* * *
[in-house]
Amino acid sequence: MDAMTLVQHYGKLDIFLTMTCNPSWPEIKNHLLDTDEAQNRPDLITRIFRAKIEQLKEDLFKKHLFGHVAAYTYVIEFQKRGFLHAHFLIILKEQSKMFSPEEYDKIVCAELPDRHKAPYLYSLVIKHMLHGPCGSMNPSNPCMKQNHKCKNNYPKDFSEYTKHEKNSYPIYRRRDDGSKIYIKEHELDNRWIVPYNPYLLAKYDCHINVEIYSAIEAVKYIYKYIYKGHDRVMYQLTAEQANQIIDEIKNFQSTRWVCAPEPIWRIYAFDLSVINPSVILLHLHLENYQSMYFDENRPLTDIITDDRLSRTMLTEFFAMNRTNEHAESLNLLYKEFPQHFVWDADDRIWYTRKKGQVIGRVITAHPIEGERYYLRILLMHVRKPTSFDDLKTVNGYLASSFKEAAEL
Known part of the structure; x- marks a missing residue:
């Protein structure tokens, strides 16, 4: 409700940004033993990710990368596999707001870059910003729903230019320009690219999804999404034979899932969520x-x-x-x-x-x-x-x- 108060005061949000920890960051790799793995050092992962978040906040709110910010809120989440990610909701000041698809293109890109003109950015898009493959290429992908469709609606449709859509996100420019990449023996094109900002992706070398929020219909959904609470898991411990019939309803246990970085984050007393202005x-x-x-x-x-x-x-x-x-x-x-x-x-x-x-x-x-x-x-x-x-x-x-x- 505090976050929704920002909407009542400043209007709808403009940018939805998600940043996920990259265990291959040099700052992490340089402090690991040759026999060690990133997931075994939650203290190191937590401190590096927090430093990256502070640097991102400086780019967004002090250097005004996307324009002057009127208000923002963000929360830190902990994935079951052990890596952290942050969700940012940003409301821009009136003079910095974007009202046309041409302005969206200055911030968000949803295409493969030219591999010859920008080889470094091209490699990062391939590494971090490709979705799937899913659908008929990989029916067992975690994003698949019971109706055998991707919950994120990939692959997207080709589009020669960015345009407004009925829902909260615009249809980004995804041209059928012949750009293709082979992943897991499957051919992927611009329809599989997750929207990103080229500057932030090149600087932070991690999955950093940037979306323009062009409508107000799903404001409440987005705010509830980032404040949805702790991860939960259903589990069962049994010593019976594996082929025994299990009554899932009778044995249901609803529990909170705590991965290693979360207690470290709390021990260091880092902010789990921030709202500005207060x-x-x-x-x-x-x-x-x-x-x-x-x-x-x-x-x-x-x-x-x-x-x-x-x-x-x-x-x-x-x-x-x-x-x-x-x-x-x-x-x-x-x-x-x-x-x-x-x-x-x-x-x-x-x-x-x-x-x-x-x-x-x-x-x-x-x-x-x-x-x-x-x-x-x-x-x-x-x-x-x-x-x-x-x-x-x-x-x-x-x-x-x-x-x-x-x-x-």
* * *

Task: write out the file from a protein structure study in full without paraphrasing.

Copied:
[in-house]
Amino acid sequence: MDAMTLVQHYGKLDIFLTMTCNPSWPEIKNHLLDTDEAQNRPDLITRIFRAKIEQLKEDLFKKHLFGHVAAYTYVIEFQKRGFLHAHFLIILKEQSKMFSPEEYDKIVCAELPDRHKAPYLYSLVIKHMLHGPCGSMNPSNPCMKQNHKCKNNYPKDFSEYTKHEKNSYPIYRRRDDGSKIYIKEHELDNRWIVPYNPYLLAKYDCHINVEIYSAIEAVKYIYKYIYKGHDRVMYQLTAEQANQIIDEIKNFQSTRWVCAPEPIWRIYAFDLSVINPSVILLHLHLENYQSMYFDENRPLTDIITDDRLSRTMLTEFFAMNRTNEHAESLNLLYKEFPQHFVWDADDRIWYTRKKGQVIGRVITAHPIEGERYYLRILLMHVRKPTSFDDLKTVNGYLASSFKEAAEL
Known part of the structure; x- marks a missing residue:
């Protein structure tokens, strides 16, 4: 409700940004033993990710990368596999707001870059910003729903230019320009690219999804999404034979899932969520x-x-x-x-x-x-x-x- 108060005061949000920890960051790799793995050092992962978040906040709110910010809120989440990610909701000041698809293109890109003109950015898009493959290429992908469709609606449709859509996100420019990449023996094109900002992706070398929020219909959904609470898991411990019939309803246990970085984050007393202005x-x-x-x-x-x-x-x-x-x-x-x-x-x-x-x-x-x-x-x-x-x-x-x- 505090976050929704920002909407009542400043209007709808403009940018939805998600940043996920990259265990291959040099700052992490340089402090690991040759026999060690990133997931075994939650203290190191937590401190590096927090430093990256502070640097991102400086780019967004002090250097005004996307324009002057009127208000923002963000929360830190902990994935079951052990890596952290942050969700940012940003409301821009009136003079910095974007009202046309041409302005969206200055911030968000949803295409493969030219591999010859920008080889470094091209490699990062391939590494971090490709979705799937899913659908008929990989029916067992975690994003698949019971109706055998991707919950994120990939692959997207080709589009020669960015345009407004009925829902909260615009249809980004995804041209059928012949750009293709082979992943897991499957051919992927611009329809599989997750929207990103080229500057932030090149600087932070991690999955950093940037979306323009062009409508107000799903404001409440987005705010509830980032404040949805702790991860939960259903589990069962049994010593019976594996082929025994299990009554899932009778044995249901609803529990909170705590991965290693979360207690470290709390021990260091880092902010789990921030709202500005207060x-x-x-x-x-x-x-x-x-x-x-x-x-x-x-x-x-x-x-x-x-x-x-x-x-x-x-x-x-x-x-x-x-x-x-x-x-x-x-x-x-x-x-x-x-x-x-x-x-x-x-x-x-x-x-x-x-x-x-x-x-x-x-x-x-x-x-x-x-x-x-x-x-x-x-x-x-x-x-x-x-x-x-x-x-x-x-x-x-x-x-x-x-x-x-x-x-x-």